Each year on the third Monday of April, Massachusetts commemorates the start of the American Revolutionary War with Patriots' Day.
The statewide celebration includes a parade in Boston as well as reenactments of Paul Revere's Midnight Ride (his Boston statue is pictured above) and the battles in Lexington and Concord that kicked off the war with the British in 1775. The holiday culminates in the running of the Boston Marathon.
This year, however, the whole world is on lockdown and those public events have all been canceled or, in the case of the marathon, postponed (it's currently scheduled for September 14).
Fortunately, several of the state's cultural and historical institutions have made it possible to mark Patriots' Day on your own with a number of free online events on Monday and the weekend before.
The Lexington Historical Society has uploaded video tours of colonial homes and past battle reenactments on the organization's website, where you can also find links to scheduled real-time events such as Q&As with historians. In Concord, Minute Man National Historical Park will be hosting "Ask a Ranger" sessions via Facebook Live.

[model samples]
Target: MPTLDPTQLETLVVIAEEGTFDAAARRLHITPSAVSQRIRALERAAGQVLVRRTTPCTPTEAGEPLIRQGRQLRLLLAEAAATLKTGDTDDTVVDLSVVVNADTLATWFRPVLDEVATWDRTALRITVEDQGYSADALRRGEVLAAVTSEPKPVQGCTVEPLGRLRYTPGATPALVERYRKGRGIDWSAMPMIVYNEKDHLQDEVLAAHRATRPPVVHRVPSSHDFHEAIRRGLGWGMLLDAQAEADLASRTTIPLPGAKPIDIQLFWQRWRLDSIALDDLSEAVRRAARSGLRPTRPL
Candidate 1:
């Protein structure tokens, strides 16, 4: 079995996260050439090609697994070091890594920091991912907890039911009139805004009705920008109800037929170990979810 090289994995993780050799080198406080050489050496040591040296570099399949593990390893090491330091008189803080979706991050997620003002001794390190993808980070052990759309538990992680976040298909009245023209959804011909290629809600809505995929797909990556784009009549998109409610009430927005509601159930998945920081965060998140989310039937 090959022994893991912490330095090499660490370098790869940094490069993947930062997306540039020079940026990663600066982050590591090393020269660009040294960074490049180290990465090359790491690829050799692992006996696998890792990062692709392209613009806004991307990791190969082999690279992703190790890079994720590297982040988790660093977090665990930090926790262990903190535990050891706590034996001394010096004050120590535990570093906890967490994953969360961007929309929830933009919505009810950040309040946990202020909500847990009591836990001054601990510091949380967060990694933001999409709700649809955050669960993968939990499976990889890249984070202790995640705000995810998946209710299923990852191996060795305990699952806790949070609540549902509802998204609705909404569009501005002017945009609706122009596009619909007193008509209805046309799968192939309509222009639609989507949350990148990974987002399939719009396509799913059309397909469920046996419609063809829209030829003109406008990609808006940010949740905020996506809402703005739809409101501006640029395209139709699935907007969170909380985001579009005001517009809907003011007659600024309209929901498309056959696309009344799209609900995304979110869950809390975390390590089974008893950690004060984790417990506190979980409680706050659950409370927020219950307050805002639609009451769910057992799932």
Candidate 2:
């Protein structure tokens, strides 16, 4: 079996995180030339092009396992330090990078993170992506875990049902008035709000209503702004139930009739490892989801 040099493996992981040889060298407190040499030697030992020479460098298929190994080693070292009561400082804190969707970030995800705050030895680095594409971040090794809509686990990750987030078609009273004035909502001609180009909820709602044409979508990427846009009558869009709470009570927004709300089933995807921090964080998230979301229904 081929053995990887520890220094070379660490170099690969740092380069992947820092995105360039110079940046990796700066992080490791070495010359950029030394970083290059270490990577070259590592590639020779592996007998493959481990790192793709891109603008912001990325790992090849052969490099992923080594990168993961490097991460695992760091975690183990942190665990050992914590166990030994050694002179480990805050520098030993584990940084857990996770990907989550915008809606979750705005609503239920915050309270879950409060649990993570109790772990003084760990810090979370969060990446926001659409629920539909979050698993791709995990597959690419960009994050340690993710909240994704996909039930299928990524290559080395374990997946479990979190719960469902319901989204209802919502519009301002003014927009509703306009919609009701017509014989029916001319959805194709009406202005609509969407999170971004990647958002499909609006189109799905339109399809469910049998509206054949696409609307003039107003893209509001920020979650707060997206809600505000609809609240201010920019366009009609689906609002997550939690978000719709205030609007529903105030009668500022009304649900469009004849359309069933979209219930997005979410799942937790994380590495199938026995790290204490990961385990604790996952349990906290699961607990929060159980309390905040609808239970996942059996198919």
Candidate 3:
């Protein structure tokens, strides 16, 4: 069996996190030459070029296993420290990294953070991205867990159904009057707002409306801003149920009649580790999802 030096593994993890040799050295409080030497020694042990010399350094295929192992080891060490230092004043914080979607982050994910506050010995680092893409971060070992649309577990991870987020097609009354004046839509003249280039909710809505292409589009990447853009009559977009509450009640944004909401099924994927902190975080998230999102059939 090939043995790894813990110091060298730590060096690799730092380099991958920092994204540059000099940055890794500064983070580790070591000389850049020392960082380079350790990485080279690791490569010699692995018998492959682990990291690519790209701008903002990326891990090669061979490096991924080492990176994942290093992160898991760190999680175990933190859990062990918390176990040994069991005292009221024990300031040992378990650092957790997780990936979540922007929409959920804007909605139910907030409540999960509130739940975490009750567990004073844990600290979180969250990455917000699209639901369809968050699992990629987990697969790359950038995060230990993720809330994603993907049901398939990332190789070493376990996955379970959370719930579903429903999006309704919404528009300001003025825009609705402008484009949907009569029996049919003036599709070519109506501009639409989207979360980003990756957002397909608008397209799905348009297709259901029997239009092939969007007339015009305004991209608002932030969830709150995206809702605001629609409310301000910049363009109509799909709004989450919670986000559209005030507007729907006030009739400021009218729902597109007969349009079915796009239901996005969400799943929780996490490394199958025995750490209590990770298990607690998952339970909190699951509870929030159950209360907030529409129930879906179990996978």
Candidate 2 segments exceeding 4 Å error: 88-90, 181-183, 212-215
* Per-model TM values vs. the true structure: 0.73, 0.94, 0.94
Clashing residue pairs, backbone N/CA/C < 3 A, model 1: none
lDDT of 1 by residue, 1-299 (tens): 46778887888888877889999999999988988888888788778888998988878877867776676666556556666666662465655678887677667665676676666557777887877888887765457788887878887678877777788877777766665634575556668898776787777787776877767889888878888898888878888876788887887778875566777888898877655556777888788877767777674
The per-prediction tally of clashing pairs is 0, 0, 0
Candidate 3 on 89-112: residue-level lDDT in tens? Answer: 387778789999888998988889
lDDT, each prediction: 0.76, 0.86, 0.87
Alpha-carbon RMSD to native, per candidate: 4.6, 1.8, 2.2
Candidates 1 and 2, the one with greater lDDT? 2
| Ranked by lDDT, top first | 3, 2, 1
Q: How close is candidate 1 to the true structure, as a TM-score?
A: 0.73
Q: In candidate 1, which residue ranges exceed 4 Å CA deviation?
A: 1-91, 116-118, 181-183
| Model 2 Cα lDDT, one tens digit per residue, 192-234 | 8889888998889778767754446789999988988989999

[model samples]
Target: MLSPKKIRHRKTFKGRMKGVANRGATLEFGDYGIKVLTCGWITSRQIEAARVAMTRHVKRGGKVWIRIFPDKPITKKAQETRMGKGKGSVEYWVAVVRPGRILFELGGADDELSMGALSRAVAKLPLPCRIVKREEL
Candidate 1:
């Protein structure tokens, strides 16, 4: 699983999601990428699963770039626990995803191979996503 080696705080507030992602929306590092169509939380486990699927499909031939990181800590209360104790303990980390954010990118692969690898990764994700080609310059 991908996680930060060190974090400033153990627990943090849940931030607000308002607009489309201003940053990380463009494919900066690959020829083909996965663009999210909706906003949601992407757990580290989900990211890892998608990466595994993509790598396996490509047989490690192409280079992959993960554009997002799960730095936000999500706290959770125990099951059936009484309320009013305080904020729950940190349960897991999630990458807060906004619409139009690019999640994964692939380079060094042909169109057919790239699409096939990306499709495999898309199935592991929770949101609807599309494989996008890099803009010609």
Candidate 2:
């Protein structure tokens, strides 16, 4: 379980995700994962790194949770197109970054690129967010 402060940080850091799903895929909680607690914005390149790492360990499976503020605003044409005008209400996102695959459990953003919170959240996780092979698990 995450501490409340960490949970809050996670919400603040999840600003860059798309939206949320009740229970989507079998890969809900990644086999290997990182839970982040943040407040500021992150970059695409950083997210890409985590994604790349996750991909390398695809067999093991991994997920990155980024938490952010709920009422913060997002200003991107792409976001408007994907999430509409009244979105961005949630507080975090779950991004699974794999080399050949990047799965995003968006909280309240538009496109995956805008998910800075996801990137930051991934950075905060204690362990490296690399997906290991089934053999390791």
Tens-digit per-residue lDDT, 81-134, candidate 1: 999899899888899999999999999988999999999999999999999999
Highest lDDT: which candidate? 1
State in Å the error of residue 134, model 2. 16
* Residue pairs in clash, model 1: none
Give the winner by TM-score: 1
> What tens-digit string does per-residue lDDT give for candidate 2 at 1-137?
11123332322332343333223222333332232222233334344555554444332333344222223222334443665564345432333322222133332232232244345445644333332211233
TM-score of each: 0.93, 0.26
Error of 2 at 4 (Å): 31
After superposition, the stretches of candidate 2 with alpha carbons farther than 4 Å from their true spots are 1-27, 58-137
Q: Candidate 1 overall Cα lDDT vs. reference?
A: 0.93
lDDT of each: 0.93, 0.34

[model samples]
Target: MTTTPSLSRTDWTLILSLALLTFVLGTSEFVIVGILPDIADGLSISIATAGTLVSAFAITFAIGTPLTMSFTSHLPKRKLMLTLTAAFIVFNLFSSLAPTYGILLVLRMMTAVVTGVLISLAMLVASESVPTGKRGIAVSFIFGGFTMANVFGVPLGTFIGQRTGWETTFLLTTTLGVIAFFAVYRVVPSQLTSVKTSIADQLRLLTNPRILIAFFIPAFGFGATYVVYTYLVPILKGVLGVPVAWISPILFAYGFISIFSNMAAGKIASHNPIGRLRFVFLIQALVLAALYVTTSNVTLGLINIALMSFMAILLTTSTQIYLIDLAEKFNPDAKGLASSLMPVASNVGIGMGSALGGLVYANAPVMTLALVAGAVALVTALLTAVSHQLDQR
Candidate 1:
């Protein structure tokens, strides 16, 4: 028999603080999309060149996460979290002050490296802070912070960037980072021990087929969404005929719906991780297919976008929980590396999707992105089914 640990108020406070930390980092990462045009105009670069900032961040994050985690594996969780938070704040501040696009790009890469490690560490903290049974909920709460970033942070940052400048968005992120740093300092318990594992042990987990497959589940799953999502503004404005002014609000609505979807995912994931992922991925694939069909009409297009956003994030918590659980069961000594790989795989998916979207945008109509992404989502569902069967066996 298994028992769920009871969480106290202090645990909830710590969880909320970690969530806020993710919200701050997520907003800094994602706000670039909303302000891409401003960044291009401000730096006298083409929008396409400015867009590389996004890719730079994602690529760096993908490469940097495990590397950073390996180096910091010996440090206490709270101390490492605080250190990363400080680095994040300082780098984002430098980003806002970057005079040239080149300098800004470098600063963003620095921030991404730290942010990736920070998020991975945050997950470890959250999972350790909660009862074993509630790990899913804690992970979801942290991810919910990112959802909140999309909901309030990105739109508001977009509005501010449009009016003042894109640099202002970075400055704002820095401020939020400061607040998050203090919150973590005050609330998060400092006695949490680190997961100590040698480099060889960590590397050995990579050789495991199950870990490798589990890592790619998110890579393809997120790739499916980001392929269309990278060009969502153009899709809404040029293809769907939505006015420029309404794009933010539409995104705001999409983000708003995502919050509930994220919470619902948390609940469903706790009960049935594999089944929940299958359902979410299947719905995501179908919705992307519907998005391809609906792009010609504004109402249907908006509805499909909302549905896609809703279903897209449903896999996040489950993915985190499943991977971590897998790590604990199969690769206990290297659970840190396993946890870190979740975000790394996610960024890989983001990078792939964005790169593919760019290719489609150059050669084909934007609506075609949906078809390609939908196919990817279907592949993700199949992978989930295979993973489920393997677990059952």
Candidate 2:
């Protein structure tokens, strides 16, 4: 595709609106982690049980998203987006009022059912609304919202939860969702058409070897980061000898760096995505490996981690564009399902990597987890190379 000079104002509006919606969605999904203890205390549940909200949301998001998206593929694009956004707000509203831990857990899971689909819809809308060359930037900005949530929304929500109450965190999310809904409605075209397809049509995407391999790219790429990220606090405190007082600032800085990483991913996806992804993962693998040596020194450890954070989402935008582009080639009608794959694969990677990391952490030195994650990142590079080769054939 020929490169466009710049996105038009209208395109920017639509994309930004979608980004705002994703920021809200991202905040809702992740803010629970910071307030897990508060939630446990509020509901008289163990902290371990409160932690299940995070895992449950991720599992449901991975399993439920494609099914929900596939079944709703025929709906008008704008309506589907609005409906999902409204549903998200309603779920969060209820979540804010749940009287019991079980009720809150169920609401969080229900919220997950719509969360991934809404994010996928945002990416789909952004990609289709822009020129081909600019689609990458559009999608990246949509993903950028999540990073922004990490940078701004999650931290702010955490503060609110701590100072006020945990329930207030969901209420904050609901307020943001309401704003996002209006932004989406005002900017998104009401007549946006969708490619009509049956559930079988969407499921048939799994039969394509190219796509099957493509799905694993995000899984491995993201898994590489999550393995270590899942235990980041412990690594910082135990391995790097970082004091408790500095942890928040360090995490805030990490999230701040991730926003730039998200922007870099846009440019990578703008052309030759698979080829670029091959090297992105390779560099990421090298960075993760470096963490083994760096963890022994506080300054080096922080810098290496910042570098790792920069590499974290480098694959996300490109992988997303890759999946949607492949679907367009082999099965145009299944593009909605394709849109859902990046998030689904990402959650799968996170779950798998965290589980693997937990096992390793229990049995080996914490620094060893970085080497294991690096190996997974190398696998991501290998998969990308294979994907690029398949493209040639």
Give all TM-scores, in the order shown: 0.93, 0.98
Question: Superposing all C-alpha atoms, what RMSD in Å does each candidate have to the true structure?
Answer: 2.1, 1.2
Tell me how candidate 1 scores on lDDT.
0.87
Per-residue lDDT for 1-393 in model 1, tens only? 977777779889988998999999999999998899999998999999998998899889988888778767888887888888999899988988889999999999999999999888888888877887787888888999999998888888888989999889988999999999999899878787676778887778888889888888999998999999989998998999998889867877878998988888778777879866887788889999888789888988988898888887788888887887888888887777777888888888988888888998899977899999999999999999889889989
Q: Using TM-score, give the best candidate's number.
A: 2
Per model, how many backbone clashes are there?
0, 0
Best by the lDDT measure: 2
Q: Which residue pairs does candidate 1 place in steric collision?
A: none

In Boston, meanwhile, the Freedom Trail, which strings together 16 historically significant sites, has temporarily made its official audio guide free to download. You can learn all about the city's past without your legs getting tired.
One of the stops along the trail, the Paul Revere House, is releasing a new podcast dedicated to answering all your burning Revere-related queries.
And starting on Saturday evening, the Old North Church—another Freedom Trail icon and site of the "one if by land, two if by sea" lantern signal devised for Revere's horseback ride—will be livestreaming its illuminated steeple on Instagram and YouTube. It's a salute to the patriots of the 1770s as well as the heroes fighting the current pandemic.
With all that content to watch and listen to, you can stage a whole different kind of Boston marathon.